Sadiq informed us that the Attapadi Co-operative Farming Society (ACFS) has 816 registered members and all of them belong to the scheduled tribe community – Irula, Mudugar and Kurumba. The board of directors comprise District Level Officers and four elected Scheduled Tribe members (non-official) who represent the four farms. The society’s primarily role lies in maintaining unorganised tribes as organised labour bank.
It also administers all kinds of emolument packages throughout the year as a part of their welfare measure. “We provide benefits in accordance to the Provident Fund Act and The Plantation and Labour Act of Kerala,” said Sadiq who further added that since its inception ACFS has always been engaged in the production of cash crops like cardamom and coffee, pepper, arecanut, nutmeg and cloves. They take immense pride in cultivating farming practices without the use of pesticides and other toxic ingredients.
In conversation, he also mentioned that the government allocates some funds for tribal welfare projects out of which seventy percent is set aside for education by the department of Integrated Tribal Development Programme (ITDP). According to the records, the Attapadi Co-operative Farming Society (ACFS) manifests its social commitment in education sector by maintaining two institutions namely Attapadi Adivasi High School and Gurukulam Vidya Kendram – a holistic programme designed to impart residential coaching to failed students of higher secondary courses.
The High School has been struggling to meet funding gaps and as a result infrastructural development has taken a massive beating. However, with the support of Scheduled Tribe Development Department and Kerala State Council for Science Technology and Environment (KSCSTE) maintenance work was undertaken a while ago and Sasthraposhini labs were soon set up in the school.
On the other hand, the Gurukulam was established in 2003-2004 under the direct sponsorship of ACFS. An important feature of this programme includes incorporation of cultural and traditional values apart from providing individual attention to every student. Here, the faculty conducts meetings with the parents to keep them updated of their child’s progress. The reports also state that regular medical check ups and study tours are held periodically in order to assess the improvement of the student’s overall well-being.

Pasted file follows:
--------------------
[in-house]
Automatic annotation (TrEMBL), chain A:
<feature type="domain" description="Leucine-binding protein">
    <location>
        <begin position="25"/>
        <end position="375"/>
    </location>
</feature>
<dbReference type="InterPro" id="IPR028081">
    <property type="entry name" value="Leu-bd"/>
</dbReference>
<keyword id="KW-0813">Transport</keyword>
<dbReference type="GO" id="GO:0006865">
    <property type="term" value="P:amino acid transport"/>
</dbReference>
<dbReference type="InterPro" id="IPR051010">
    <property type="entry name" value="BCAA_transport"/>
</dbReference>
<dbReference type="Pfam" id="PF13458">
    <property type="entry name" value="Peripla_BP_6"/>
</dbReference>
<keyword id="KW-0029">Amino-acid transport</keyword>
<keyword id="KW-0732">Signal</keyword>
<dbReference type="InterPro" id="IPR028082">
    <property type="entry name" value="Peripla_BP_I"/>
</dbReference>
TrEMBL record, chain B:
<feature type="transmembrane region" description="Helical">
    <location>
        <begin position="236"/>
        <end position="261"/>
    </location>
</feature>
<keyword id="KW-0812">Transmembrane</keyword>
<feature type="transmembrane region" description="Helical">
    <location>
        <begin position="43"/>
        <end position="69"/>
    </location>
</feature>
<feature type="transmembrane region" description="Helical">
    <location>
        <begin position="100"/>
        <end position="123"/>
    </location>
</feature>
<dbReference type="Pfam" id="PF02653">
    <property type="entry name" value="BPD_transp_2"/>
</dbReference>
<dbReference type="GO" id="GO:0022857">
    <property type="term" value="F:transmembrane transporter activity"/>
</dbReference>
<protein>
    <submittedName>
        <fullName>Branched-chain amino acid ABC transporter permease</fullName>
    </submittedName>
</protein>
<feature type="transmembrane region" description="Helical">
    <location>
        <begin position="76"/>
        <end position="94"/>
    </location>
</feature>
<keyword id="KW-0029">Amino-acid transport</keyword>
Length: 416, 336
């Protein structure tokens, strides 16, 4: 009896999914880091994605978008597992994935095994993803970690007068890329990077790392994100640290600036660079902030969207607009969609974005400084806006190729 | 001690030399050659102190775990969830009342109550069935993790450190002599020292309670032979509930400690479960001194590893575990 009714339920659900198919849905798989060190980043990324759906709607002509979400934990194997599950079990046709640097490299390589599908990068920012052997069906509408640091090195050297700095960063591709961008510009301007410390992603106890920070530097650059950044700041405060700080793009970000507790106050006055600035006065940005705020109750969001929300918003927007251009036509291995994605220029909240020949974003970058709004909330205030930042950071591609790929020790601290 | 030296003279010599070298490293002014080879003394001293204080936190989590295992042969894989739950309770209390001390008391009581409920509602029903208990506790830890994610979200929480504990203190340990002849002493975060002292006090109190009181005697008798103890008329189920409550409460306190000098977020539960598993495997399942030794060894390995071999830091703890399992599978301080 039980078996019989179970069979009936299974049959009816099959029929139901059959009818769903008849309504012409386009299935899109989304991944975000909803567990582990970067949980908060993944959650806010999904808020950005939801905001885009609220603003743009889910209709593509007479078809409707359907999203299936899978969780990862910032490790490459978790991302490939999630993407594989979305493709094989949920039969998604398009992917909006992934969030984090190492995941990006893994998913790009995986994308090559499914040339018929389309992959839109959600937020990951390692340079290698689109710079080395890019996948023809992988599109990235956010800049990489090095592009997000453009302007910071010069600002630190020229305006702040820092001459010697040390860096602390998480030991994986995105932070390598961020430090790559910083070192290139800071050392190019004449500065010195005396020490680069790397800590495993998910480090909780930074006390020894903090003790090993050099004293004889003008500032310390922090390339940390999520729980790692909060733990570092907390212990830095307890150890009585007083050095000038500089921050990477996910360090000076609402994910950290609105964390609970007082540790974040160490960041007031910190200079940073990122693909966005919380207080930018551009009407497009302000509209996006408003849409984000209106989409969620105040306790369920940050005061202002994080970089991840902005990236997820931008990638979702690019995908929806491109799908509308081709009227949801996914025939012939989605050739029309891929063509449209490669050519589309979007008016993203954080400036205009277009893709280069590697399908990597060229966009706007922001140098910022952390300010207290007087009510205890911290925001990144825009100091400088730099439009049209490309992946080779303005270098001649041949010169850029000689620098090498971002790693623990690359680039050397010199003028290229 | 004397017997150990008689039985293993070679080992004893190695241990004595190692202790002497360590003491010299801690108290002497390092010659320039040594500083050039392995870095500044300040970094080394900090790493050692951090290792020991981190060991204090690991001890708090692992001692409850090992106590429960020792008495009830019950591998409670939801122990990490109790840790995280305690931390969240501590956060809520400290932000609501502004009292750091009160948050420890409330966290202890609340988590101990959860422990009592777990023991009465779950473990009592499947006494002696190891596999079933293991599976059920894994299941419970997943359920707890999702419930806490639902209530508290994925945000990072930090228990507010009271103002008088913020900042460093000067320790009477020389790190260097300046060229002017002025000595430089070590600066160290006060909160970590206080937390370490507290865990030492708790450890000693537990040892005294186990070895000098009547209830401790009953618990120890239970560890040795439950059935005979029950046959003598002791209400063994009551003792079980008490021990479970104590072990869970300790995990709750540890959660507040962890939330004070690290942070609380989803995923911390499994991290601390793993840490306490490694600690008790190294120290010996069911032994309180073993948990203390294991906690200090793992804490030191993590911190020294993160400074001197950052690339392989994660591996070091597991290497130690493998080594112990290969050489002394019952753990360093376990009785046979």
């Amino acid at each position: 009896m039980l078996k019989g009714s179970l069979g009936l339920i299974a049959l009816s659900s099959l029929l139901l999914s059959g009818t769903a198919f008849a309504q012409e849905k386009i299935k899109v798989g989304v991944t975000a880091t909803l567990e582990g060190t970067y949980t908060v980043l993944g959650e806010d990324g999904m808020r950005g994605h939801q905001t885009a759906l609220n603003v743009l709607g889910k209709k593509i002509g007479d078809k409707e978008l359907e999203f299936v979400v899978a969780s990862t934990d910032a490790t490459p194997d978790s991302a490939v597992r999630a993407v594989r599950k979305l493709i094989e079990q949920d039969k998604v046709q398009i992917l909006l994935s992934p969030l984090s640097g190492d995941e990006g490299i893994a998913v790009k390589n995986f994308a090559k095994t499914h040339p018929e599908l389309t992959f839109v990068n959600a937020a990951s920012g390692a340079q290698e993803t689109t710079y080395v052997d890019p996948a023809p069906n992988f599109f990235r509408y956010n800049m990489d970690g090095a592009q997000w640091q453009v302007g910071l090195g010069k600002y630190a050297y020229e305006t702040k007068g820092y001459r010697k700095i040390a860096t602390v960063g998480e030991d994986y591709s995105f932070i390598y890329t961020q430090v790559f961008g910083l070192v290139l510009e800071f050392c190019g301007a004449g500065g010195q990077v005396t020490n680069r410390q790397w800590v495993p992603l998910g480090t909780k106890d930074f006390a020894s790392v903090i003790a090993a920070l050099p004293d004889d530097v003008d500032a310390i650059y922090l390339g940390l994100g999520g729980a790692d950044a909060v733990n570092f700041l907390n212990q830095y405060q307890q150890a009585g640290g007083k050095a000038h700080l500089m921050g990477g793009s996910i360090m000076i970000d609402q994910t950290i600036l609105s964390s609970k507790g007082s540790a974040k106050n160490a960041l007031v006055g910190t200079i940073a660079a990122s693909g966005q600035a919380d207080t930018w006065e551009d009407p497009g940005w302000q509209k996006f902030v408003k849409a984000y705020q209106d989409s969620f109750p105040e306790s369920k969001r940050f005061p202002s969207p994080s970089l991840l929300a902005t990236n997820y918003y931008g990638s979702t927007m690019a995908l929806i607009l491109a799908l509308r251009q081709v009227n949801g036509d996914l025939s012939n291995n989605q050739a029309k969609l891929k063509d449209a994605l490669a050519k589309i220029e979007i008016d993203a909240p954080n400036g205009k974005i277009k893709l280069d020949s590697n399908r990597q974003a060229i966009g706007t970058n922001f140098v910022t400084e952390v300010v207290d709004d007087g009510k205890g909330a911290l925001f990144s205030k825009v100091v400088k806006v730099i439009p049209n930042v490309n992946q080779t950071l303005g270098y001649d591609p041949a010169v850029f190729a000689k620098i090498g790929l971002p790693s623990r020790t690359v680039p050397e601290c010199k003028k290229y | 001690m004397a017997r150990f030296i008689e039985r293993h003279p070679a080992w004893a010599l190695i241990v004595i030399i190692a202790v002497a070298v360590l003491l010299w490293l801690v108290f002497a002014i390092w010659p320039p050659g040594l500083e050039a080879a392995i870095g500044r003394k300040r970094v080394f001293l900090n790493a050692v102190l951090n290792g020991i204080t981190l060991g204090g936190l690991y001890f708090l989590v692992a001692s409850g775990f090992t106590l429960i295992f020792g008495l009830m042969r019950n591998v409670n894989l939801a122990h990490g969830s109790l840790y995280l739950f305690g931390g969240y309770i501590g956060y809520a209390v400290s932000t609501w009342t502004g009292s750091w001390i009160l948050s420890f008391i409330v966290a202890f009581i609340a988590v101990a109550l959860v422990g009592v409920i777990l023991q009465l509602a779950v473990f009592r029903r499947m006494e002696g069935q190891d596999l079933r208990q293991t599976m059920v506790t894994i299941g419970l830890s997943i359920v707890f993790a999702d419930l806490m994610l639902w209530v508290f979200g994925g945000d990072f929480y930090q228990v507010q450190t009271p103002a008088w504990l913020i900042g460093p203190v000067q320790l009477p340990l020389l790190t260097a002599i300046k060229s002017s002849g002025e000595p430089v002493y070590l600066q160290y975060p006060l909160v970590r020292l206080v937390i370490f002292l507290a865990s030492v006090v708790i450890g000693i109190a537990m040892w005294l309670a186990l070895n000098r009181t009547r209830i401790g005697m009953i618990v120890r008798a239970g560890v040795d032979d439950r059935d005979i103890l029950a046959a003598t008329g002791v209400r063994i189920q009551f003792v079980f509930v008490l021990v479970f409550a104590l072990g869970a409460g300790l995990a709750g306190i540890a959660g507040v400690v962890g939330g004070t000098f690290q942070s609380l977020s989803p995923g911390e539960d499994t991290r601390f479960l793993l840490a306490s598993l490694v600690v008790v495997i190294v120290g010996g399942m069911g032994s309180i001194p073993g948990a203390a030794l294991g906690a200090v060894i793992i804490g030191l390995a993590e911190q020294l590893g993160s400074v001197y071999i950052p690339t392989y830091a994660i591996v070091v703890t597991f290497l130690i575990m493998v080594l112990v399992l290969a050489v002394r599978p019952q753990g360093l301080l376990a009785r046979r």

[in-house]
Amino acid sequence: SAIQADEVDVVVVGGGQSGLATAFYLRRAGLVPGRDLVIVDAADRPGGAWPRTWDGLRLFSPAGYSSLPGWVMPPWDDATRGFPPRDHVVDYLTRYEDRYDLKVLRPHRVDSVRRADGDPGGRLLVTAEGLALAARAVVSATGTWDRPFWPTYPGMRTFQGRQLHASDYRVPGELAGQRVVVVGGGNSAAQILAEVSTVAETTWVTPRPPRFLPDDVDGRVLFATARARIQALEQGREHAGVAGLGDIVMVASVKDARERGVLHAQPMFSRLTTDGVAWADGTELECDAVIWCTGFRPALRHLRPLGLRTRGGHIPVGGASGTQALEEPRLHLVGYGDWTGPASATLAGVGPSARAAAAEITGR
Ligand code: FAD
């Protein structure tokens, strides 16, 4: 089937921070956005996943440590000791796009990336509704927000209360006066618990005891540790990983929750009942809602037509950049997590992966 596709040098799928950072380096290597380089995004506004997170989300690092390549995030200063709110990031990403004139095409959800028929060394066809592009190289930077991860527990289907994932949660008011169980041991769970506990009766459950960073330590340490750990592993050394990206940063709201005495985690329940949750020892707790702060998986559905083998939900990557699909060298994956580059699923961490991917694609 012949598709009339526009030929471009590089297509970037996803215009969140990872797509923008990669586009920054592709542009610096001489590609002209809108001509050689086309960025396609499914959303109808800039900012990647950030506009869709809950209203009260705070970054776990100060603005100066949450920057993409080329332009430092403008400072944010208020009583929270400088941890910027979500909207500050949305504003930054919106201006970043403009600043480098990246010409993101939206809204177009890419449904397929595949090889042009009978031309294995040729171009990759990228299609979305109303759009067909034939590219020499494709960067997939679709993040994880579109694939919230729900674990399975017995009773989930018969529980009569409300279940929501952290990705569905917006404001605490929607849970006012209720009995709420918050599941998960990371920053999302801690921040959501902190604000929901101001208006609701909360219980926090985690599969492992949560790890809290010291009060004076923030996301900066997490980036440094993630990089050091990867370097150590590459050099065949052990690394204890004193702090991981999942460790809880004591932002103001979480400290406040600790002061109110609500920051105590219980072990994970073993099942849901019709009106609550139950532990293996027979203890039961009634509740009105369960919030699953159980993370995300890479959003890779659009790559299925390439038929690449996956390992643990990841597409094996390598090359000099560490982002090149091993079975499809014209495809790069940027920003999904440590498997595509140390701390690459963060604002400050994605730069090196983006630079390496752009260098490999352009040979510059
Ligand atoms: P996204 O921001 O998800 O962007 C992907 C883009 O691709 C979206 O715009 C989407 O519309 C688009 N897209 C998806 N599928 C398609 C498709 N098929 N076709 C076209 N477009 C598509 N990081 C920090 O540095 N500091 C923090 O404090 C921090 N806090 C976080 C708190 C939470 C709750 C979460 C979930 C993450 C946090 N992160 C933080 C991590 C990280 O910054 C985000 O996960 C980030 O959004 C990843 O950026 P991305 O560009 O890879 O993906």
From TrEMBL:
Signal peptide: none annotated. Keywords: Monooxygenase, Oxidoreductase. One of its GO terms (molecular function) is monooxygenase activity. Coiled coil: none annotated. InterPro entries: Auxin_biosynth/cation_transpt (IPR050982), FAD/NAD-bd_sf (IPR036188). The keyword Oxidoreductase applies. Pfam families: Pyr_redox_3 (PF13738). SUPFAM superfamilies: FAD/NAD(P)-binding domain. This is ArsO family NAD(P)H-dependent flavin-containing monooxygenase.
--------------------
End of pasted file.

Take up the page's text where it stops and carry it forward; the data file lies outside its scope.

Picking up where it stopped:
In all, there are 2,000 Adivasi students living in government hostels. Sharaf insisted that the day scholars who travel from remote tribal colonies to their respective schools are provided with free transportation facility under the ‘Gothra Sarathi’ scheme.
“There are sixteen pre-matric schools and one model residential school built by the ITDP. All the facilities including food, accommodation and tuition are completely free of charge upto grade 12. Every tribal student gets funds for higher studies regardless of the institution they are studying in apart from hostel fees, travel allowance and dearness allowance,” explained Sadiq.
We asked him if the tribes were reluctant to send their children to school. To that he replied,” Not at all. More than eighty percent of the families ensure that their children get a decent education. They genuinely believe that this could be the answer to their problems.”
Practices like female infanticide or distinctions based on gender are discouraged within the settlements. Both boys and girls enjoy equal rights in accordance with their tribal customs. Apparently, there are five functioning hostels and one model residential school specifically built for girls in the area.
On paper, the system and its varied structures seemed foolproof and flawless. However, our research indicated otherwise. The staggering rate at which tribal students are failing professional examinations is unprecedented. This often leads to students being forced into labour work or other menial jobs to support themselves and their families. Although, both Sadiq and Sharaf ascertained that officials are doing everything in their power to spur systematic reform in literacy, they also felt that bolder initiatives that highlight areas of improvement and focus on productive innovations could alter the face of education in Attapadi. Undoubtedly, enabling such a system that merges quality with equity is of prime importance here. And, perhaps the only way forward…
Project ‘Rest of My family‘ is an attempt to connect back, re-discover our relationship with and understand our responsibility towards the larger family that we are a part of — the rest of our human family. Hence, it is titled Rest Of My Family.
Through #RestofMyFamily, we will focus on highlighting social issues and human interest stories, documenting the triumphs of the ordinary man despite all the hardships they face constantly, and help these stories reach a larger audience and wherever necessary extend support to the individuals and communities that we write about. We hope to make a direct impact to the lives of those people we meet and find suffering due to various social issues; to connect the ones who need help to the ones who can help….
Find more about the campaign here: http://igg.me/at/restofmyfamily/x/539502